Too many post-docs! (I wonder why.....)
A recent report, in Nature discusses a glut of post-docs, that is, PhDs who went on to post-doctoral research position(s) with the idea that it was a prep for an actual permanent faculty job, but who then can’t find that pot at the end of the promised rainbow.
This has been a growing problem and it has not been a surprise nor closely guarded secret. Nor is the reason any sort of secret. It is due to the academic system that rewards more: more grants, more publications, more citations, more graduate students, more lab activity….. It is the score-countable itemization of faculty worth that has taken over our universities, gradually, almost without our being aware of it, during the past few decades. Universities and their faculty gain their career rewards by satisfying the More-manic criterion that we have allowed to crowd out actual substance from our university culture.
Score-counting has perhaps always been with us to some extent, but nowhere near what it has become. In part, this was the evolution of convenient computer-countability, as well as the push to oust the Old Boy system and to open university careers, promotions, tenure and so on, to make it more fair. This was done, and it was good. However, it was also obvious to administrators (including promotion committees, chairs, deans, and so on) that their careers could be advanced if their bullying of those beneath them on the status totem pole could be seen as ‘objective’. This, of course, opened up careers for the for-profit publishing of annual citation-count books, etc., to turn academic life into a score-based kind of game (this started 30 or more years ago, if slowly….).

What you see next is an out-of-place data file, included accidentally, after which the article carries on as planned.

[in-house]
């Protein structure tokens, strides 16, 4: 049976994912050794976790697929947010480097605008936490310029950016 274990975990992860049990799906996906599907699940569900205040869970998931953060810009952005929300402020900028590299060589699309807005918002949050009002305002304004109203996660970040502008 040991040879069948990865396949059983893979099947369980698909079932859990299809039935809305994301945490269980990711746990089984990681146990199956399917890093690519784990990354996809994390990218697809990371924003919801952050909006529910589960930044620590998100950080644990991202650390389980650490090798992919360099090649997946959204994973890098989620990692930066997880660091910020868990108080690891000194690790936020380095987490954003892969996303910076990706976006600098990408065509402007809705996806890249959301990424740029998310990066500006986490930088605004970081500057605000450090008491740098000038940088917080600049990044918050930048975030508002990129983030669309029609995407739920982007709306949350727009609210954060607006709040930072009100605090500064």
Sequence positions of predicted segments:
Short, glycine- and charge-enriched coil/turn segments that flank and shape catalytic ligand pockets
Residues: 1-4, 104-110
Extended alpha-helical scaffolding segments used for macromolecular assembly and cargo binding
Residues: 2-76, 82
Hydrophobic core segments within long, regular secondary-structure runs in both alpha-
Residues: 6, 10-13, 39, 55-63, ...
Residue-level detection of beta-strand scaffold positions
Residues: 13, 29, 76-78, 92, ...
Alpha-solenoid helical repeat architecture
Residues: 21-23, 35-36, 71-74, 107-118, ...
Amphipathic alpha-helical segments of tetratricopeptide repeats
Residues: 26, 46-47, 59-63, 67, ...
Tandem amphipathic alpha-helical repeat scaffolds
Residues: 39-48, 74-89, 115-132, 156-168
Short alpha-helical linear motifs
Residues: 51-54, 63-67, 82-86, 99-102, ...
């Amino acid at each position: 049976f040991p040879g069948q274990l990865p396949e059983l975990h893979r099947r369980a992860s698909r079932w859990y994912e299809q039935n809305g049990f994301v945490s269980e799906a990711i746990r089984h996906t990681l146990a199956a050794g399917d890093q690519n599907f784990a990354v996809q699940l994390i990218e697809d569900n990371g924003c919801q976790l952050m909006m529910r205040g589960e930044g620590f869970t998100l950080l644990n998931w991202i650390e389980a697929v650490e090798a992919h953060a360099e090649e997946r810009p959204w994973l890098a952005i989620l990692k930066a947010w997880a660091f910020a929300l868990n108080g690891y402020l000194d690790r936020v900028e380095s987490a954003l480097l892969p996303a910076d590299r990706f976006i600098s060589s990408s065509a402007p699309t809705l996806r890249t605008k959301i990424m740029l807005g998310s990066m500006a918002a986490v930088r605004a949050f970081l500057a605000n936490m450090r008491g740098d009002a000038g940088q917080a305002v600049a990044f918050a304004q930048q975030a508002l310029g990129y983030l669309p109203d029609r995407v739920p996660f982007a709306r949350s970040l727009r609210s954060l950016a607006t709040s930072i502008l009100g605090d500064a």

Now we’re in Objectivity’s safe, politically correct full-swing, and it’s everywhere, polluting the properly more contemplative and abstract nature of serious-quality academic careers. It is, of course, very, very, very good for administrators (as can be seen by their proliferation over recent decades), suppliers of gear, and so on.
Colleges and universities are now deeply into a Malthusian pattern of growth which is reaching, or has reached, the inevitable saturation point. It was foreseeable. Paired with the inability to enforce a mandatory retirement age (also nicely serving the alpha baboons in the system), and universities’ need for Teaching Assistants (i.e., a bevy of minimally paid graduate students) so the Professors don’t have to sully themselves in classrooms, we seem to be exceeding our academic ecology’s capacity, at least if we think in terms of what is fair. We have seen it coming, of course, because we, the faculty, have made it so. Maybe, perhaps hopefully, inevitable retirements and attrition will help, but by how much?
Yes, it is we, the academic System, who have only ourselves to blame…..but why do that!? Reform could harm our cushy careers, after all. Let graduate students beware…..